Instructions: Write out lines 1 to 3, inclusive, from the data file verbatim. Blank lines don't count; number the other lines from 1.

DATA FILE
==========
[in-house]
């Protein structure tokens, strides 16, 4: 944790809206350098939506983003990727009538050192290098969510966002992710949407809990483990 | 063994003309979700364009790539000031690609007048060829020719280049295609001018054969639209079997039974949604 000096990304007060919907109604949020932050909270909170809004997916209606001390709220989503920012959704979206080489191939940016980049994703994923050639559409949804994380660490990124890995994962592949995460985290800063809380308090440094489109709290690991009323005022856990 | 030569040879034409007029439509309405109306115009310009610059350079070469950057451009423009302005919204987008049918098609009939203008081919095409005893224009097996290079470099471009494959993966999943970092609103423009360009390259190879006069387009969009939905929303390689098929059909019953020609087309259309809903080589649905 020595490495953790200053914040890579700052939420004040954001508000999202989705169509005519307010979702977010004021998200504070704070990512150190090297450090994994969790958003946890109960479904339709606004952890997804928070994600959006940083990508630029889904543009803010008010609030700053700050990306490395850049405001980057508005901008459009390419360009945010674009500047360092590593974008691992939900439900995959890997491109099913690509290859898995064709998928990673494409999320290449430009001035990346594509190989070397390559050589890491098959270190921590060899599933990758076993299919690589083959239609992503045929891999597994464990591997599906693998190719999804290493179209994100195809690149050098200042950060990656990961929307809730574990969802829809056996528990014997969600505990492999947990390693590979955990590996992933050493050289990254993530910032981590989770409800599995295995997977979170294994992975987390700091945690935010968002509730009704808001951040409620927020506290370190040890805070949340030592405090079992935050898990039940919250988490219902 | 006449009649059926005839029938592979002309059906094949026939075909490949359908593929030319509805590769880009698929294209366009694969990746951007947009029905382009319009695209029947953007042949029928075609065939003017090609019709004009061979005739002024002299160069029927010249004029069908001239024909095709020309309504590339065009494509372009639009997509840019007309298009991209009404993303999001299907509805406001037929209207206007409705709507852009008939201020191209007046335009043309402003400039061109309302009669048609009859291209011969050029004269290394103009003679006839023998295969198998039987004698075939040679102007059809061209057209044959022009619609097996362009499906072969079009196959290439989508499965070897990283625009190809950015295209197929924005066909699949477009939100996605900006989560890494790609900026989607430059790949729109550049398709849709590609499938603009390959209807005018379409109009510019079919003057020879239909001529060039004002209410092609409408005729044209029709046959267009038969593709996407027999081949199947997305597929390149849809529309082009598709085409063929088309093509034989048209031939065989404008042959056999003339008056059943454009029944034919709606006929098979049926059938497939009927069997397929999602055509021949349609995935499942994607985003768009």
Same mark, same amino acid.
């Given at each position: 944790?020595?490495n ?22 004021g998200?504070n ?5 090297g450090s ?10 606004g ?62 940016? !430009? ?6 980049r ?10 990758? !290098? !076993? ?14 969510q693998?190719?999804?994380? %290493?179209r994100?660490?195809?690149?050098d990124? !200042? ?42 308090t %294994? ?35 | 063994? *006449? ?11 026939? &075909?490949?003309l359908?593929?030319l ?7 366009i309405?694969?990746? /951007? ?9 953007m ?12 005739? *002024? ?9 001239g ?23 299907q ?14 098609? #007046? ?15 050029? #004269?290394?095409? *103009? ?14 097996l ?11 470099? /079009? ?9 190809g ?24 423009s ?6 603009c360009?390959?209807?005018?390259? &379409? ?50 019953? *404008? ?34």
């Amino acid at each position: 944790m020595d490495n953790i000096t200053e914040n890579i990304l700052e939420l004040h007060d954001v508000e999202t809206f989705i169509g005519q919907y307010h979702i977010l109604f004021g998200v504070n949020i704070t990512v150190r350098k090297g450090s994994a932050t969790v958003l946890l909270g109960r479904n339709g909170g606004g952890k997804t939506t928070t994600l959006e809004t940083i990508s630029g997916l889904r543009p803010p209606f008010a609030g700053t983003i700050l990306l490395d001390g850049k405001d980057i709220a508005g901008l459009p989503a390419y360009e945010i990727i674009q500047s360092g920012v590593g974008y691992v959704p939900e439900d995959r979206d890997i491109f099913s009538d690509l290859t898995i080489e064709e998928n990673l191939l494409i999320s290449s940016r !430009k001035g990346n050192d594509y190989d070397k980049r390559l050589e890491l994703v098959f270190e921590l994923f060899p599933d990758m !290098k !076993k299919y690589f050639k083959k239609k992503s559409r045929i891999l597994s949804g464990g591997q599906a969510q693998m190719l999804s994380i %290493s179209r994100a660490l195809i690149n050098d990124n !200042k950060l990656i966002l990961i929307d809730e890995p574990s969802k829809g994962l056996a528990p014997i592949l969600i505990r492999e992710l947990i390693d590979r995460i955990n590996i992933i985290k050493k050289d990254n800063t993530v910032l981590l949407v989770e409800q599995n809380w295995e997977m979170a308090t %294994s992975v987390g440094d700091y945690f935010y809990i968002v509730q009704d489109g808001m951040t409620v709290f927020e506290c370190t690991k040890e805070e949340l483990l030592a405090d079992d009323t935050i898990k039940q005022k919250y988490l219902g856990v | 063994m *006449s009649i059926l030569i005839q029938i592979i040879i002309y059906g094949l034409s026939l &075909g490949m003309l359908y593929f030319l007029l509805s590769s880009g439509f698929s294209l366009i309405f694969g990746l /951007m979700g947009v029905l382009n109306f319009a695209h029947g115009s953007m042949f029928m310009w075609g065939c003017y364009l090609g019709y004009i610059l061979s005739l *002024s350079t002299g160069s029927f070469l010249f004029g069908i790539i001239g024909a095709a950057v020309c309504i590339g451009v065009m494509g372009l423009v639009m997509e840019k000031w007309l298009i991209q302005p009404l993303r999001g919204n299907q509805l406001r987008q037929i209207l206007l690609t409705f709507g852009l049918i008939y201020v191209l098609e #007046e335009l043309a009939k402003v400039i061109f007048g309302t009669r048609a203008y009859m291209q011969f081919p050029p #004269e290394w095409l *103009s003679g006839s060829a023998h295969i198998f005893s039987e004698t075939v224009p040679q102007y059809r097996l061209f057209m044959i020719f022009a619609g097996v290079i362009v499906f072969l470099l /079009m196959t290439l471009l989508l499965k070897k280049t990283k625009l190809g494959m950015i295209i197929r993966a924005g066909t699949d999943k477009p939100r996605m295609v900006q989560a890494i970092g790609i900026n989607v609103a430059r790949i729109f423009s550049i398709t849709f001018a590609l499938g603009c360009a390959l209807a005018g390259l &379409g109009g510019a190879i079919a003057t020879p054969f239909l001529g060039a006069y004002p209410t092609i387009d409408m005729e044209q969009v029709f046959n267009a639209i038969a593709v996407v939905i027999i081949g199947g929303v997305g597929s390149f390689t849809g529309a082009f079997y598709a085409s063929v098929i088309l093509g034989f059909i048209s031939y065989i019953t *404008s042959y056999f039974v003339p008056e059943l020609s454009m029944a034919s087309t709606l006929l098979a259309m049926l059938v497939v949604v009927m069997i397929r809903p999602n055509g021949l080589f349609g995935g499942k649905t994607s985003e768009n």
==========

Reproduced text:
[in-house]
């Protein structure tokens, strides 16, 4: 944790809206350098939506983003990727009538050192290098969510966002992710949407809990483990 | 063994003309979700364009790539000031690609007048060829020719280049295609001018054969639209079997039974949604 000096990304007060919907109604949020932050909270909170809004997916209606001390709220989503920012959704979206080489191939940016980049994703994923050639559409949804994380660490990124890995994962592949995460985290800063809380308090440094489109709290690991009323005022856990 | 030569040879034409007029439509309405109306115009310009610059350079070469950057451009423009302005919204987008049918098609009939203008081919095409005893224009097996290079470099471009494959993966999943970092609103423009360009390259190879006069387009969009939905929303390689098929059909019953020609087309259309809903080589649905 020595490495953790200053914040890579700052939420004040954001508000999202989705169509005519307010979702977010004021998200504070704070990512150190090297450090994994969790958003946890109960479904339709606004952890997804928070994600959006940083990508630029889904543009803010008010609030700053700050990306490395850049405001980057508005901008459009390419360009945010674009500047360092590593974008691992939900439900995959890997491109099913690509290859898995064709998928990673494409999320290449430009001035990346594509190989070397390559050589890491098959270190921590060899599933990758076993299919690589083959239609992503045929891999597994464990591997599906693998190719999804290493179209994100195809690149050098200042950060990656990961929307809730574990969802829809056996528990014997969600505990492999947990390693590979955990590996992933050493050289990254993530910032981590989770409800599995295995997977979170294994992975987390700091945690935010968002509730009704808001951040409620927020506290370190040890805070949340030592405090079992935050898990039940919250988490219902 | 006449009649059926005839029938592979002309059906094949026939075909490949359908593929030319509805590769880009698929294209366009694969990746951007947009029905382009319009695209029947953007042949029928075609065939003017090609019709004009061979005739002024002299160069029927010249004029069908001239024909095709020309309504590339065009494509372009639009997509840019007309298009991209009404993303999001299907509805406001037929209207206007409705709507852009008939201020191209007046335009043309402003400039061109309302009669048609009859291209011969050029004269290394103009003679006839023998295969198998039987004698075939040679102007059809061209057209044959022009619609097996362009499906072969079009196959290439989508499965070897990283625009190809950015295209197929924005066909699949477009939100996605900006989560890494790609900026989607430059790949729109550049398709849709590609499938603009390959209807005018379409109009510019079919003057020879239909001529060039004002209410092609409408005729044209029709046959267009038969593709996407027999081949199947997305597929390149849809529309082009598709085409063929088309093509034989048209031939065989404008042959056999003339008056059943454009029944034919709606006929098979049926059938497939009927069997397929999602055509021949349609995935499942994607985003768009």
Same mark, same amino acid.